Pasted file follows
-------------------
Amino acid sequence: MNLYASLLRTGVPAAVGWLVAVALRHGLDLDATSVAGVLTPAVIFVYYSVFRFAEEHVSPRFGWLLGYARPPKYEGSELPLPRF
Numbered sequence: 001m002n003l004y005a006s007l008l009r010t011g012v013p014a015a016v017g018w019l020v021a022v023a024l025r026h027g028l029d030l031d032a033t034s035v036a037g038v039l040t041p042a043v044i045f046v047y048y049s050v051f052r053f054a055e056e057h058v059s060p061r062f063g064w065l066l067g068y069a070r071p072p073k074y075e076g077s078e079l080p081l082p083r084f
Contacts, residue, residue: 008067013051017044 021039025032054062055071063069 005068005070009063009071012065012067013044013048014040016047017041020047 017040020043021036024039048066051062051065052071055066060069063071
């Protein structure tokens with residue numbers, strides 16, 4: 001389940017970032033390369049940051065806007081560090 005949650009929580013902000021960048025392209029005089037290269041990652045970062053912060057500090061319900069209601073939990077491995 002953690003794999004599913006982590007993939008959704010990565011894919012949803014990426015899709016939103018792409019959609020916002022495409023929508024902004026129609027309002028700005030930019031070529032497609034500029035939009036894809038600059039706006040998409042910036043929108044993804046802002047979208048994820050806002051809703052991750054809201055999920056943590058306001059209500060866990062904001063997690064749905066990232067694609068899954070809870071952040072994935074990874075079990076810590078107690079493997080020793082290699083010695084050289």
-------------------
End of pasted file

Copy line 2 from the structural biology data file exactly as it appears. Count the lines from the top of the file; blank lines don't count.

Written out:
Numbered sequence: 001m002n003l004y005a006s007l008l009r010t011g012v013p014a015a016v017g018w019l020v021a022v023a024l025r026h027g028l029d030l031d032a033t034s035v036a037g038v039l040t041p042a043v044i045f046v047y048y049s050v051f052r053f054a055e056e057h058v059s060p061r062f063g064w065l066l067g068y069a070r071p072p073k074y075e076g077s078e079l080p081l082p083r084f